What happens in open water if big waves come up or bad weather hits? Do you just tow them out? Maybe you need to be more diligent to make sure that they don’t get in over their head in the first place.
I tend toward avoidance, perhaps too much so even because I don’t want others’ poor judgement ruining MY nice trip. It is my unfortunate conclusion, however, that the majority of people want to jump right into the “BIG ADVENTURE” without spending the time, effort, and cost getting to the point of competency (good info on that, BTW, Peter). This, more often than not, results in paddling solo.
Regarding your presentation, there’s a lot of good information in there. You’re fortunate to be able to expect a captive audience on the subject, but I wonder if you might not start to lose people’s attention with the style you’ve chosen.
I’m suggesting that you try to connect with each person by telling some stories they’ve almost certainly found (or will find) themselves faced with. I’m thinking of something similar to the style presented in “Handbook of Safety and Rescue” by Doug Alderson and Michael Pardy. Along with the technical description of rescues and equipment, there are a number of personal accounts of situations where they were needed - or where things went wrong, plus a reflection on the event.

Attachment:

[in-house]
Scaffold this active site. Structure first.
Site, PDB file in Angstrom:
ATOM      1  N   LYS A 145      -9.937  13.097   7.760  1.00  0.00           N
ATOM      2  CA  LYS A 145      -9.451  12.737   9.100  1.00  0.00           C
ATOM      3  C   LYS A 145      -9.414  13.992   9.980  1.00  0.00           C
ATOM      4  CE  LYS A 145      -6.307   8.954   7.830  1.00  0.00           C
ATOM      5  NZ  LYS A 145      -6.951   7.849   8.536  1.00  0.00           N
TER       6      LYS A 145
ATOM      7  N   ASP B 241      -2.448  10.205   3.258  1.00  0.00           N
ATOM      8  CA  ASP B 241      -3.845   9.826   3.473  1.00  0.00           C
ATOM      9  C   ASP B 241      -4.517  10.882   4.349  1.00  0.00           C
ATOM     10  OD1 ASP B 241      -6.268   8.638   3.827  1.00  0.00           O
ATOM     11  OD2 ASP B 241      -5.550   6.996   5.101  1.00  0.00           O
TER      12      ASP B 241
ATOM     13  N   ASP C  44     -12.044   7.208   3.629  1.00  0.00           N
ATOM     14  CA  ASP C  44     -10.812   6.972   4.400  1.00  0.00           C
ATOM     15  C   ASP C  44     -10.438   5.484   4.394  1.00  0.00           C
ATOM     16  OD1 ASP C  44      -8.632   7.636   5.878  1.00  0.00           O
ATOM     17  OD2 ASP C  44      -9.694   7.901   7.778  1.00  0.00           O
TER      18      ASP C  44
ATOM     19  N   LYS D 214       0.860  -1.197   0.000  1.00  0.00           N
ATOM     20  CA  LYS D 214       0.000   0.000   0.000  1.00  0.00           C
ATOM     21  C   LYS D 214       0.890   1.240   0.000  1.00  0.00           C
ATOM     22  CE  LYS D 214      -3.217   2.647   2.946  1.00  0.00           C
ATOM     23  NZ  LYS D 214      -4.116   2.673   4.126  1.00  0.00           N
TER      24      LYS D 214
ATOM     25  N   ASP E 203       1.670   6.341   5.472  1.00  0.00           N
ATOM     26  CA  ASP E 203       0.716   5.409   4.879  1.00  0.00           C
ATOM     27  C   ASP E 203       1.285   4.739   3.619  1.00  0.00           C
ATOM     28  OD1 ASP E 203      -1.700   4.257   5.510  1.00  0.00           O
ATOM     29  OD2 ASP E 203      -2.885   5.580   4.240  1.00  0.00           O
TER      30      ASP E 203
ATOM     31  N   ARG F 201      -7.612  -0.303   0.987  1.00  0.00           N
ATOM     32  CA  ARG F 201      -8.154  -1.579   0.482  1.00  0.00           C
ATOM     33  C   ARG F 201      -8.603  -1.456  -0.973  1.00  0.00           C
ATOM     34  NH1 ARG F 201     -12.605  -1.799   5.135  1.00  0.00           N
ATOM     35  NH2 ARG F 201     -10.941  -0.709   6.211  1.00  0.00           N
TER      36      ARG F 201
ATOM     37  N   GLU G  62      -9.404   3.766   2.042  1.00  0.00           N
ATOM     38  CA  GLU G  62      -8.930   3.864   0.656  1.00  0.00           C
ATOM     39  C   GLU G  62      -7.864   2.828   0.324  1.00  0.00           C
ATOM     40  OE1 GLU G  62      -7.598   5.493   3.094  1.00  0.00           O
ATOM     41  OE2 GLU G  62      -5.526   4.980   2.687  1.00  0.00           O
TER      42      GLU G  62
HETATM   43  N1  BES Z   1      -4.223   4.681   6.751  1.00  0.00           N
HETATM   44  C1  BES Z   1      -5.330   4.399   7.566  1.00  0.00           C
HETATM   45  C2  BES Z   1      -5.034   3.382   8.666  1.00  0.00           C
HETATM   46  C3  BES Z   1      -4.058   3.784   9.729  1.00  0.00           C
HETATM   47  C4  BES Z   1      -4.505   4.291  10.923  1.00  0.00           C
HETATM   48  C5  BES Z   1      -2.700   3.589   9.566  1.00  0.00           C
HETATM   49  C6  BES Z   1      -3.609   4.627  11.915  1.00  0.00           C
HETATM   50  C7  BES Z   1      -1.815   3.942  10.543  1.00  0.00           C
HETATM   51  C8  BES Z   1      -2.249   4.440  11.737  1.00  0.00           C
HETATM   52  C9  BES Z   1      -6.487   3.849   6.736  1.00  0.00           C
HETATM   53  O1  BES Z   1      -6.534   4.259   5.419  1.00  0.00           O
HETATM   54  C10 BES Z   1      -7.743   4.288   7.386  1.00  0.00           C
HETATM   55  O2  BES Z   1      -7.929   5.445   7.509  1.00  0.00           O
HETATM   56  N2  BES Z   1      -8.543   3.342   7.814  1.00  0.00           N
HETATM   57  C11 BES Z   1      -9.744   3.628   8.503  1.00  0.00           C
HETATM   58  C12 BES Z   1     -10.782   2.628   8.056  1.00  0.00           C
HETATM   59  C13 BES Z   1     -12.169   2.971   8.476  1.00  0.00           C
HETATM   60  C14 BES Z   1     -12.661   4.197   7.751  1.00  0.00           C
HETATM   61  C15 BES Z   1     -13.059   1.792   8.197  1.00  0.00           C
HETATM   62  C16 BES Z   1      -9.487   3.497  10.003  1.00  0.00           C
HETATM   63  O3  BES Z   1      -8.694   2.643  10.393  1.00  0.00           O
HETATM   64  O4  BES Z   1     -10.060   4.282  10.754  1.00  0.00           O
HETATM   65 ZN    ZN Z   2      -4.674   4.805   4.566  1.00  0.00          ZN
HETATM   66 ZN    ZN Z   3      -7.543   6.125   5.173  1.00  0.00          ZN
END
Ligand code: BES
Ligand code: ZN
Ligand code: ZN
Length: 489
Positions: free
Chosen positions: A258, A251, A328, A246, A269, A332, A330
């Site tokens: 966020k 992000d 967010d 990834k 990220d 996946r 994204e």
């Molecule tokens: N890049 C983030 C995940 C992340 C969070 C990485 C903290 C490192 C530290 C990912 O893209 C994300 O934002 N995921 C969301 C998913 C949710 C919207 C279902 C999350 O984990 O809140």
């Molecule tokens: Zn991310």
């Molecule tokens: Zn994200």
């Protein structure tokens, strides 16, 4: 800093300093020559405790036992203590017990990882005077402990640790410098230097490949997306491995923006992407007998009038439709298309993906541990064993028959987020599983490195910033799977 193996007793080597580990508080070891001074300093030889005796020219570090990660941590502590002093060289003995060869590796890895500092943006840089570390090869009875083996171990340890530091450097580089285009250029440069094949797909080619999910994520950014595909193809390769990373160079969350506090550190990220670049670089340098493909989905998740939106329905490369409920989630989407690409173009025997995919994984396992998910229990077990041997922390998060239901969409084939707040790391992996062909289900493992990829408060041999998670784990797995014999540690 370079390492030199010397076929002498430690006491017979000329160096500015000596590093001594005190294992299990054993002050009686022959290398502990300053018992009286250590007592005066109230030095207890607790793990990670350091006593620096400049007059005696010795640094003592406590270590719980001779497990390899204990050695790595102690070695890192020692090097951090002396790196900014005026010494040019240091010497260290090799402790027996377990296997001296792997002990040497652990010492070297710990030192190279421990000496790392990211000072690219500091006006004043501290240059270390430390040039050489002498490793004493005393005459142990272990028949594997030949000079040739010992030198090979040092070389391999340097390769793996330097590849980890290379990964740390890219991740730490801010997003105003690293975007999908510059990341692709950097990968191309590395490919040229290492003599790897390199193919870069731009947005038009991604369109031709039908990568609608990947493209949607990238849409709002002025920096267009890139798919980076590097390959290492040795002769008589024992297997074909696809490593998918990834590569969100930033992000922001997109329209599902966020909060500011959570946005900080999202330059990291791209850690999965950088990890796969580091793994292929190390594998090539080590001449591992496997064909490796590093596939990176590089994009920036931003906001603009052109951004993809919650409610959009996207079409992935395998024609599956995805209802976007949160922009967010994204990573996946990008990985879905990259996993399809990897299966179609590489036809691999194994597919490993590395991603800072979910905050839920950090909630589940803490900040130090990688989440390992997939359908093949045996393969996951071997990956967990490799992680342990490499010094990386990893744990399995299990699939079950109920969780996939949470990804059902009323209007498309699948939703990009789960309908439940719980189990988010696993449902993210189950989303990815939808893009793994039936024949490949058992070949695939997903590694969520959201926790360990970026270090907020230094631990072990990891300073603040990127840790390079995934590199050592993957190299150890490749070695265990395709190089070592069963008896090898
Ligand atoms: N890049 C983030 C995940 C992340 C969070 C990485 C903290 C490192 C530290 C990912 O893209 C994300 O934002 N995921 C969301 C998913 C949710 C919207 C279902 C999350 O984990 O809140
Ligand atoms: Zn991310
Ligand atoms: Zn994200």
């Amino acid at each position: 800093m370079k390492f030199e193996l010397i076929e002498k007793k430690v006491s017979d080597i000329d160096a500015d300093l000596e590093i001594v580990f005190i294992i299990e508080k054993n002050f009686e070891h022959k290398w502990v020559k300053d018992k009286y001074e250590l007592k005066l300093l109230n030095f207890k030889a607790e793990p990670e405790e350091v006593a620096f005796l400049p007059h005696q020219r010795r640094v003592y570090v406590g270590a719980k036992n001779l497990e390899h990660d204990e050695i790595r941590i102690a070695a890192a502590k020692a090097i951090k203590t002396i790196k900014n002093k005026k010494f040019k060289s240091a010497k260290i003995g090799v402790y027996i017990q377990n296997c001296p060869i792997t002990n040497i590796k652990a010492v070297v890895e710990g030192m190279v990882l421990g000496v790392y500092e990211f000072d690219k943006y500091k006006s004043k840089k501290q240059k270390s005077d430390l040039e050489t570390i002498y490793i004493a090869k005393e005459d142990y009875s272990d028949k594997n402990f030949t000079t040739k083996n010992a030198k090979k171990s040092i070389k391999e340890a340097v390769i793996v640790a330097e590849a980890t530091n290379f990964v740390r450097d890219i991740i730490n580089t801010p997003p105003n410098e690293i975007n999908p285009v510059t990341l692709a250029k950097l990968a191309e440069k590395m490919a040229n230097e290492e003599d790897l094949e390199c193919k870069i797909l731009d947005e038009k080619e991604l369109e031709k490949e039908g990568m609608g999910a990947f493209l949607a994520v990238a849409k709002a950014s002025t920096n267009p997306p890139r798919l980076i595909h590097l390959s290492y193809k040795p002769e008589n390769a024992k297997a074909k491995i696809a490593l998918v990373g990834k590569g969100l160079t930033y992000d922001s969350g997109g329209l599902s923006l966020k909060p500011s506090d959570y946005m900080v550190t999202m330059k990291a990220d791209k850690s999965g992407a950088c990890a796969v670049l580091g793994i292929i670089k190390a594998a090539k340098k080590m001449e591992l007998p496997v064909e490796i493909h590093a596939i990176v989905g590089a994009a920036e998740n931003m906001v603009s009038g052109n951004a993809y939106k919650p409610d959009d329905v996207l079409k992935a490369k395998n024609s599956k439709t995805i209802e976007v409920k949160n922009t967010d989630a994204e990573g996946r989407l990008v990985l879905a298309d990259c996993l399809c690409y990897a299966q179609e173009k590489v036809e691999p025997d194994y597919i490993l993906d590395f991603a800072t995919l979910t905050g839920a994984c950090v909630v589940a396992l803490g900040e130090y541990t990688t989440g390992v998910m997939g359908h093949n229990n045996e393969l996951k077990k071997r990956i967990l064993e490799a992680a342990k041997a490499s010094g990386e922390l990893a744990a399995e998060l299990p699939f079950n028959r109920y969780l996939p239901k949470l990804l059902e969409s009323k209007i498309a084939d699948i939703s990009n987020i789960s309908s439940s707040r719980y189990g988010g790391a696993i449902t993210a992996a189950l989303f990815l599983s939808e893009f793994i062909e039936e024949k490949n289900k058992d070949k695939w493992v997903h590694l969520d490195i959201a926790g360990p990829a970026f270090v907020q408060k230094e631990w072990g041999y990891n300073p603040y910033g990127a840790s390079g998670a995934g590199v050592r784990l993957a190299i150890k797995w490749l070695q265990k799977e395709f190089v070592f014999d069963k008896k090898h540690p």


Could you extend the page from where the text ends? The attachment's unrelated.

Here is an excerpt from Page 141 to illustrate the idea:
Taken by Surprise
"My friend John and I had punched out through the shore break to paddle in a swell that was running about six feet. Conditions weren’t good for surfing: the waves were long, fast, and dumping. I picked a small wave to ride in on. I had my heart set on getting at least one good ride, so I tried to rudder-stroke out of a broach. I held the stroke too long, and when the wave broke, I couldn’t brace into the wave fast enough. Over I went.
Being upside down in the breaker was not at all like capsizing in a whitecapping wind wave. Kayaking in high winds, all of the action is above the surface: spray from the bow lashes my face, the roar of the wind rumbles in my ears. Capsizing brings with it a measure of calm. It’s quiet and still underwater.
But out in the shore break, the capsize took me into a maelstrom of noise and turbulence. I was caught off guard. It I considered rolling, the thought of it went out of my mind so fast that it didn’t even register. I had lost my bearings. I bailed out, making a quick wet exit.
On reflection: I felt embarrassed; surprised too. All that practice rolling, and I did a wet exit. I knew I could hold my breath, I knew I could get into the setup position, I knew I could roll – but I bailed out. I had all of the tools, but I lacked the patience and the composure to put them to use." --Chris Cunningham